To power the amplifiers a negative voltage is applied to terminal VT which is -10 V in the phototype. The voltage required depends on the amplifiers used and the output voltage swing needed. Resistors R3 and R6 are equal precision resistors that establish a reference REF voltage. The inputs and outputs of the operational amplifiers are at the reference voltage, D.C. blocking capacitors being required on inputs and outputs. Capacitors C2 and C5 are large electrolytic capacitors that are low A.C. impedances to the common. The voltage at VT is supplied from a battery, an isolated power supply or a line power supply like FIG. 2.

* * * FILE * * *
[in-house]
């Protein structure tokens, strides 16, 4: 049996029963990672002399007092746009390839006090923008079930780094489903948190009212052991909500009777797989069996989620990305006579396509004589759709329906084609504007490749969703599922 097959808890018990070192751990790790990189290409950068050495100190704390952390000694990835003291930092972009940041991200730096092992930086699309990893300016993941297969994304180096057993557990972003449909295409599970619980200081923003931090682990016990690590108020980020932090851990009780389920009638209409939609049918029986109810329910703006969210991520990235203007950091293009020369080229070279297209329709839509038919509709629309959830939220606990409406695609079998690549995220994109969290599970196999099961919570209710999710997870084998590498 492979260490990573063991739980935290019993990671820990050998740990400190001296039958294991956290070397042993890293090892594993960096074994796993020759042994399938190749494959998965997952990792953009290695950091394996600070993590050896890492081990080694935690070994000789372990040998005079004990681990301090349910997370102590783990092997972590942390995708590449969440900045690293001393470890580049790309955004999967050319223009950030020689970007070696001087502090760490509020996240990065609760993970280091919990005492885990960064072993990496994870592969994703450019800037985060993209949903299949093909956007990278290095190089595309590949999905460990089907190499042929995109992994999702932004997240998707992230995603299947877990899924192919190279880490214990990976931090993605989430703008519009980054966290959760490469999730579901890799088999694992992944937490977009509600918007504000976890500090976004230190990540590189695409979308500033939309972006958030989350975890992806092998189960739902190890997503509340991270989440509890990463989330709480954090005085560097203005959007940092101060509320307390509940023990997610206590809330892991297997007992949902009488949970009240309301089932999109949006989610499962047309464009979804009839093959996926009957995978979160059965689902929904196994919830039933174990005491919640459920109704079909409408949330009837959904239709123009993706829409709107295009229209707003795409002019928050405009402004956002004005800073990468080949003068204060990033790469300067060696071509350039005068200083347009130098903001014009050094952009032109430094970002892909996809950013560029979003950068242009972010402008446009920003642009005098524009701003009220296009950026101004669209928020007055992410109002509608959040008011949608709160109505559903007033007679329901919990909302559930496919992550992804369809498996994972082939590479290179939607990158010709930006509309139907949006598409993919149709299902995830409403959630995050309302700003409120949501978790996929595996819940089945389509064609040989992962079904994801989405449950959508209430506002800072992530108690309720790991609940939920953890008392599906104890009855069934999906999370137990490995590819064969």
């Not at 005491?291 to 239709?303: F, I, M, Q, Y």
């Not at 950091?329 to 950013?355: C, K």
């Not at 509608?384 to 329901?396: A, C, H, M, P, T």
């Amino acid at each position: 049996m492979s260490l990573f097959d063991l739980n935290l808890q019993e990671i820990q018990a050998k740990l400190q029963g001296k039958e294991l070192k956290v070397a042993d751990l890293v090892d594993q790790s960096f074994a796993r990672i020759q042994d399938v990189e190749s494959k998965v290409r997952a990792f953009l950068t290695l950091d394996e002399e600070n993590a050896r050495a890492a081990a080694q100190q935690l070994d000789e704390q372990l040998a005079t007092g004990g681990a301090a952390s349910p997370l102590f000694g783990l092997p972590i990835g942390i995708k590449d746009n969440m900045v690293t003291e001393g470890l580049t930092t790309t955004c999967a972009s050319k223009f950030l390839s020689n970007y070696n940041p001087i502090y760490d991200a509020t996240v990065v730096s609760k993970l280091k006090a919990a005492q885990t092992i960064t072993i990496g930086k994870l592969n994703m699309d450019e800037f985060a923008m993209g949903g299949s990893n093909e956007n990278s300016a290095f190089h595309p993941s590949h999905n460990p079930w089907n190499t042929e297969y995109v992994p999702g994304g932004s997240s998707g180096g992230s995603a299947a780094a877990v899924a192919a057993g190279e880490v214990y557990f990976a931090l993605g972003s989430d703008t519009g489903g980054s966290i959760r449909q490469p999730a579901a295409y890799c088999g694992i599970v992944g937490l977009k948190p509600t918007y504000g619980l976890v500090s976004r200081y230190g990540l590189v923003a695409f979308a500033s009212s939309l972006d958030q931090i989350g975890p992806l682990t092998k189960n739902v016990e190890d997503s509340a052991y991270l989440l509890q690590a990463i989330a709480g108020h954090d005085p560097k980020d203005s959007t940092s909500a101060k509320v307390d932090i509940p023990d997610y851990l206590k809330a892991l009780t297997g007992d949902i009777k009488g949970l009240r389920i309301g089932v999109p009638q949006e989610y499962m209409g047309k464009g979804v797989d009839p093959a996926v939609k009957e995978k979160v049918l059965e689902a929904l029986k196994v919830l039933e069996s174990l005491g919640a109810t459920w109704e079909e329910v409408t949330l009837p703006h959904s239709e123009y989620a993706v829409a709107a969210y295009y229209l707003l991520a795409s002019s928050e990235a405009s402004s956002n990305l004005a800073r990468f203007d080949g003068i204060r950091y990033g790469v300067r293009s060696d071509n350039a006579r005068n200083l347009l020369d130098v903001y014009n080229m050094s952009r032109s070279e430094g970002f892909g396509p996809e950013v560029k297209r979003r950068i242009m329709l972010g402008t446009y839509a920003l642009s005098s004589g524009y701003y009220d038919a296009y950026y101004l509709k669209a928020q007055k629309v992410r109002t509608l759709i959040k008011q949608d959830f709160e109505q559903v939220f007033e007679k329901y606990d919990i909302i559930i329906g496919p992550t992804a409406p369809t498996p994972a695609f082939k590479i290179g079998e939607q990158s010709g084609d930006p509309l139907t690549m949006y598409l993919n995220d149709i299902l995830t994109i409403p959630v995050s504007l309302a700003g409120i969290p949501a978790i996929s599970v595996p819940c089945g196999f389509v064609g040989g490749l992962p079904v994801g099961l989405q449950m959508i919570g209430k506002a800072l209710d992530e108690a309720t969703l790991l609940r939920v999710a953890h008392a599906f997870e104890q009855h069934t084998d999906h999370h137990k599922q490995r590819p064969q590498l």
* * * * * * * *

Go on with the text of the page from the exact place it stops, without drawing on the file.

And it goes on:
The operation of a Wheatstone bridge has been documented. Here it is used as a hybrid, and so it has special functions. Since OP1 has a very low output impedance, impedance Z1 terminates the line. Therefore Z1 should equal the line impedance Zo. Usually Zo is a long line impedance such as No. 26 cable, and Z1 should be a precision network as shown in FIG. 5 or FIG. 6. Resistors R23, R24, R25, R26 and R27 simulate the resistance of the line and its termination. Capacitors C17, C18, C19, C20, and C21 simulate the capacitance of the line and its termination. The line can be simulated by a number of T sections plus a termination. The simplest termination is a resistor in series with a capacitor which is used quite often in telephone central offices. Where the hybrid faces such an RC network with a very short line, Z1 is merely a resistor in series with a capacitor. There are many ways to balance the bridge, and only a few will be mentioned here. If Z1 equals Zo, the voltage at R is always half that at OP1. Therefore, Z2 and Z3 should be made equal and approximately the same magnitude as Zo so as to present half the voltage from OP1 at C6. Then the voltages at C6 and C9 will be equal and in phase. Since OP2 has a differential input, little of the OP1 signals at OP2 inputs appear in the output of OP2. Z2 and Z3 can be simply two equal resistors or two equal networks of a resistor in series with a capacitor to block D.C. current. It should be pointed out that the inputs of OP2, mainly R8, R9 and R10, do load the bridge to the common and do present an error. However, the inputs are relatively high, being over 30 times higher than Zo in the phototype, and since the inputs load almost equal branches, the error is minimized. The hybrid of FIG. 1 is easily adapted to the voice frequency range. Then FIG. 1 can be included in a four-wire terminating set. Usually other components such as battery feed resistors are included in four-wire terminating sets to feed local battery to tip and ring leads when required. In the case of FIG. 1 local battery could be supplied through two inductors and two resistors to tip (T) and ring (R), -48 V to ring (R) through 200 ohms plus inductor and ground to tip (T) through 200 ohms plus inductor. When battery is supplied by a central office, the local battery is not required, and FIG. 2 is used with FIG. 1. also, build out capacitors would be required to bridge Z1 which would be optional. The four-wire receive line from the four-wire circuit connects to XMT in FIG. 1, and the four-wire transmit line from the four-wire circuit connects to REC in FIG. 1.